Dec. 5th, 2006

chickenfeet: (spin)
Another abject performance from England and another series of nonsensical excuses from Fletcher. I can't imagine any coach/manager in such a high profile position surviving the run of disasters he has presided over. That said, I'm not sure there are any easy answers. Some improvements are so obvious that only someone with a serious ego problem would ignore them. Read and Panesar would be improvements. Flintoff should not be captain. So far, so good but it's not nearly enough. The English team is always going to underperform for the same sort of structural reasons that cripple English rugby; too big a step from domestic to international competition, too many imports occupying key slots in the domestic game, lack of a coherent player development model etc.

The current English model is awful. A dozen or so central contracts are worse than none at all because they create a sense of entitlement and also tend to force the selectors' hand. If one gives someone a central contract and then don't play him one is, in effect, admitting a mistake. Given the egos that always come into play in pro sports that's a problem. The disconnect between first class cricket and the international game is troublesome too. How can one realistically assess the claims of an apparently out of form test player versus someone doing well on the county circuit? The gap in standards is too wide. That serves as a perfect excuse for perpetuating the croneyism that pervades the england set up.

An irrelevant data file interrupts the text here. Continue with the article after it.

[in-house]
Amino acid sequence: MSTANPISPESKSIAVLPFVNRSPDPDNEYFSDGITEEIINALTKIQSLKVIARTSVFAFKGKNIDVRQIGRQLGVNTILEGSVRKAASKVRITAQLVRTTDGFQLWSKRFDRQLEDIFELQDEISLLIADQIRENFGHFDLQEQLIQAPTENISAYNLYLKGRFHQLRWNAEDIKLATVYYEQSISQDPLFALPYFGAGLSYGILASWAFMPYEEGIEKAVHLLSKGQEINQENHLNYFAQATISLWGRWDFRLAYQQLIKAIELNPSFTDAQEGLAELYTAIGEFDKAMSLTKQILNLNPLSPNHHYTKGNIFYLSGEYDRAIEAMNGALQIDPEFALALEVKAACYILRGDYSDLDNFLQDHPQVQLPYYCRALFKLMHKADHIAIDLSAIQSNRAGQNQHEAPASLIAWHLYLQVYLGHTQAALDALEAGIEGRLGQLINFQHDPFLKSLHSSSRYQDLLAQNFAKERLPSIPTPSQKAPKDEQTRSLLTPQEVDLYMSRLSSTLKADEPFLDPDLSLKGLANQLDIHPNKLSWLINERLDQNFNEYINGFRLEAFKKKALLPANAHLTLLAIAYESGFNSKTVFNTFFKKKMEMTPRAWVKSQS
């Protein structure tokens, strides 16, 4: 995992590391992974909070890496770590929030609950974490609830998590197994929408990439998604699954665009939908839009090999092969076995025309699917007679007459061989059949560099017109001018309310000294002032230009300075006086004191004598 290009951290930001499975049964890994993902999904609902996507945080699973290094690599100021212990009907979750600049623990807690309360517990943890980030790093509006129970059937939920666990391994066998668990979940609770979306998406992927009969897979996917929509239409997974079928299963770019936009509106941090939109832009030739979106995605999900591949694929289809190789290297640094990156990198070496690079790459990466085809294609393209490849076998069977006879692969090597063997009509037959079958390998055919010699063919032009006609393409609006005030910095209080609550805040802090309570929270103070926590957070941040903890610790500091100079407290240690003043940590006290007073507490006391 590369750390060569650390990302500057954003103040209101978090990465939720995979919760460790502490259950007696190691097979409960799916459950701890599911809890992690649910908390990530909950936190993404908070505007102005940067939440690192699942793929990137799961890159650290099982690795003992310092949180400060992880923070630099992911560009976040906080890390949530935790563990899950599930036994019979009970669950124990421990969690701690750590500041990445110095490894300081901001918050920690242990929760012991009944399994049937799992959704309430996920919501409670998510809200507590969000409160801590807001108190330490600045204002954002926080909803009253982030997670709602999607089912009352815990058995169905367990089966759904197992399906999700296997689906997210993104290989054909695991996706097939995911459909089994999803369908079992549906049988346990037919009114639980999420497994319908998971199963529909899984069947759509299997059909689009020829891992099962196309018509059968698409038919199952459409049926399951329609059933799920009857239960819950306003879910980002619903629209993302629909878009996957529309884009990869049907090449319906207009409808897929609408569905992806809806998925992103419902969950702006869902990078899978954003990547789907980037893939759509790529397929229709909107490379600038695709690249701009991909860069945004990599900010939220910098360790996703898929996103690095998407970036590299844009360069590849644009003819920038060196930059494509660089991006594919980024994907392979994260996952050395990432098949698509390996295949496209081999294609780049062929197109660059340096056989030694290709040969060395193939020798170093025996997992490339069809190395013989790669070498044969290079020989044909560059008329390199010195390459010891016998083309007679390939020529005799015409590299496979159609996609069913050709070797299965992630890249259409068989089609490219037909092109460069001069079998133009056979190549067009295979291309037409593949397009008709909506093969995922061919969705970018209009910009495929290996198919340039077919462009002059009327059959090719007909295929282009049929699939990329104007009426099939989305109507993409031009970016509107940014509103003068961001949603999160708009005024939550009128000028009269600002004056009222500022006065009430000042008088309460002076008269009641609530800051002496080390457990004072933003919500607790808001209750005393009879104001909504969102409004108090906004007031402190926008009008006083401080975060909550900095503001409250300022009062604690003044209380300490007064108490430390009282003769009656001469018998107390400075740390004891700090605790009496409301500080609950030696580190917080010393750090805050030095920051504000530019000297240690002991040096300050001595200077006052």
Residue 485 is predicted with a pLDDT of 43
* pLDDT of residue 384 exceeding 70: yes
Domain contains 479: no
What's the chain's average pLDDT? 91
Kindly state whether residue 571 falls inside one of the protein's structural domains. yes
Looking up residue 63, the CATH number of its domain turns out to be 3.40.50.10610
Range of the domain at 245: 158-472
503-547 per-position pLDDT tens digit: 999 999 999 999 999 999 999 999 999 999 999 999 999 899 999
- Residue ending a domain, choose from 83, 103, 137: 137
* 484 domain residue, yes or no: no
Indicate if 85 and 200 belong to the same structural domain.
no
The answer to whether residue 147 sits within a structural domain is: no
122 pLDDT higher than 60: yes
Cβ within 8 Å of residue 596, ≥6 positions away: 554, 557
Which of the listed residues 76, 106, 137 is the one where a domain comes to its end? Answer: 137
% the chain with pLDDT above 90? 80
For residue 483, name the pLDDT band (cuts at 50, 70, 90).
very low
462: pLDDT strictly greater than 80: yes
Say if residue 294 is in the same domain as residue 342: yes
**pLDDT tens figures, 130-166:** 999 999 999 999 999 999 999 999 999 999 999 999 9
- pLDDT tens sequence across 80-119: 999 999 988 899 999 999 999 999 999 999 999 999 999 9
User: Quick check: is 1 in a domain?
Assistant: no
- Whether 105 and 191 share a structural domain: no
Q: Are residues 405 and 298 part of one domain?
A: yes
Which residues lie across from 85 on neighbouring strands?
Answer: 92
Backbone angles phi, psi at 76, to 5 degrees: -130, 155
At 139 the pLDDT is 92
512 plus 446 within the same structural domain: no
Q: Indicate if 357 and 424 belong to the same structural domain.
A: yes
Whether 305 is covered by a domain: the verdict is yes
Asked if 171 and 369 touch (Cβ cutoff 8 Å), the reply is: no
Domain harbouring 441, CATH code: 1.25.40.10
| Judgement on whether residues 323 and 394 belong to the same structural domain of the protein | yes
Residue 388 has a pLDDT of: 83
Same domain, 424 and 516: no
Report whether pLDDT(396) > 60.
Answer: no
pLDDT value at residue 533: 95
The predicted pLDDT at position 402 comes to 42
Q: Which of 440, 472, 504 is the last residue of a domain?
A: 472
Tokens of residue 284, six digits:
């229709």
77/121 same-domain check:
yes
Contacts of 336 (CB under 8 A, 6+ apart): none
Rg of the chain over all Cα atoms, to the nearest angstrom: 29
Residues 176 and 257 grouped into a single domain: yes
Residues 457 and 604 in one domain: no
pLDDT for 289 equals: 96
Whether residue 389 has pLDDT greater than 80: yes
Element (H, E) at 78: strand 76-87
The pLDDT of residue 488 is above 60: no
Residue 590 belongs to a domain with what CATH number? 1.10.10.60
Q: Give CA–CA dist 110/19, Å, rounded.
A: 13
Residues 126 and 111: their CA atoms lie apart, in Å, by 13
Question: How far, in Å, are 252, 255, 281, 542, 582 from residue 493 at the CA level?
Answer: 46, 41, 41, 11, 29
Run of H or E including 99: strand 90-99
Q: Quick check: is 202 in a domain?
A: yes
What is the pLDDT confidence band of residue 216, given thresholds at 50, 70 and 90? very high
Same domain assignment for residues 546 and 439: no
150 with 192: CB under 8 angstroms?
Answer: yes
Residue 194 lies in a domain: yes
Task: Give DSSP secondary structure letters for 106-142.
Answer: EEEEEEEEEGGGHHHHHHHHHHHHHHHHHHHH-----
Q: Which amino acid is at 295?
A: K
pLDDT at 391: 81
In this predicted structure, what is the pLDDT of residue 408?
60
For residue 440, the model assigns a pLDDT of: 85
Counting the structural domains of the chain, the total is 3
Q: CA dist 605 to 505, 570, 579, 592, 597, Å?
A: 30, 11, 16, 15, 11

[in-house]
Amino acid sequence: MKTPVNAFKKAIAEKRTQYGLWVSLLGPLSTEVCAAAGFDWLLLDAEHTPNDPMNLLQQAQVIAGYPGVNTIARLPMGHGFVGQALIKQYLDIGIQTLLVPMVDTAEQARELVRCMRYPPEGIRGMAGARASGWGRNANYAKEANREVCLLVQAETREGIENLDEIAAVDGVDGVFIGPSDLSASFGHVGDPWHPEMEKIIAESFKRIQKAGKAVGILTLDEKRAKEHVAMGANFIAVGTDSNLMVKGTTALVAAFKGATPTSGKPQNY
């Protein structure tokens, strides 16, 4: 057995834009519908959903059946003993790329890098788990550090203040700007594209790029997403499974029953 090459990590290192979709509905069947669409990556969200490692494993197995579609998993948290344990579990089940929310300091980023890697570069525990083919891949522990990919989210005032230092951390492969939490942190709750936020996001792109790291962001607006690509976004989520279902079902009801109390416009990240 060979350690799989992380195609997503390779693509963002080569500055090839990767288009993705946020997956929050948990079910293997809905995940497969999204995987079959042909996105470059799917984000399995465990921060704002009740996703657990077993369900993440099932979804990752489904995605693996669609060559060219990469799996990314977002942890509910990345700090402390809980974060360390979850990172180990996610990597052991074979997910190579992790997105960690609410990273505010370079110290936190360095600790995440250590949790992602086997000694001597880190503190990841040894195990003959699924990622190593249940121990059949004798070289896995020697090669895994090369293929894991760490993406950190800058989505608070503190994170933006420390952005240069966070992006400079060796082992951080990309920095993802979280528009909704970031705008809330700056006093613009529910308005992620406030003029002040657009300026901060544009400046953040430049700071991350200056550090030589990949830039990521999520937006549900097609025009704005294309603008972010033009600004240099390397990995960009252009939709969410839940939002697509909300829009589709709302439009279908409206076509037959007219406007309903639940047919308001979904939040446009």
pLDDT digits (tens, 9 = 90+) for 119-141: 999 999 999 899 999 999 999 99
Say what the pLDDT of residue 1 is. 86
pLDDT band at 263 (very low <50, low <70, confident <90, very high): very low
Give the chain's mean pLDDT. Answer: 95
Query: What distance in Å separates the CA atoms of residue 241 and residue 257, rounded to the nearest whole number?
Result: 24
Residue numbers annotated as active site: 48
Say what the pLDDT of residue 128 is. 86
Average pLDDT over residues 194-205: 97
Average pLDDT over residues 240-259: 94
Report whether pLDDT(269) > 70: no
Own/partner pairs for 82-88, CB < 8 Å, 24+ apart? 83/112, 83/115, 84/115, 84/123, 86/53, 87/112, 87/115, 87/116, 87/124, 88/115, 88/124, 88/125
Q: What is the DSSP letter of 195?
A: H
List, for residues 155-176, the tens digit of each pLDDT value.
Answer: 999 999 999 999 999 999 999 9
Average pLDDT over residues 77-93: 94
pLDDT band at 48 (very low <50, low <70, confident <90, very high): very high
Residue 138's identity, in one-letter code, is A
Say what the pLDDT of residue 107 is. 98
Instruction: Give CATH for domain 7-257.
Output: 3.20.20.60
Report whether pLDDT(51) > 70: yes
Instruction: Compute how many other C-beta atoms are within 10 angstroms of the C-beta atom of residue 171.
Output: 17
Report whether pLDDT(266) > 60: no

So what's the answer? I don't know in detail but I'd do what I'd do in any business redesign exercise I'd look for successful models in other 'businesses' and adaptively clone. My starting point would be the All Blacks. They consistently perform at a higher level than anyone could reasonably expect and they develop strength in depth that is extraordinary. How do they do it? First up, they have a much larger squad centrally contracted; maybe 60-70 players or roughly three teams worth when subs are included in the count. Three teams seems about right (so maybe 35 central contacts in cricket). It's not unmanageable but it means there is real competition for places. Second, they have a viable second/development team program in the Maori. Cricket desperately needs a good international second team program to bridge the gap from domestic to top flight competition. Third, with the other SANZAR countries, they have the S14; an uterly brilliant development vehicle. I'm not sure how to clone that but i do know that to have potential England players playing second division county cricket is reminiscent of here rugby was in the 1970s. it's daft. If the larger group of centrally contracted players were, at least, playing first division when not on international duty it would be a start.
chickenfeet: (fart)
You're Totally Sarcastic

You sarcastic? Never! You're as sweet as a baby bunny.
Seriously, though, you have a sharp tongue - and you aren't afraid to use it.
And if people are too wimpy to deal with your attitutde, then too bad. So sad.

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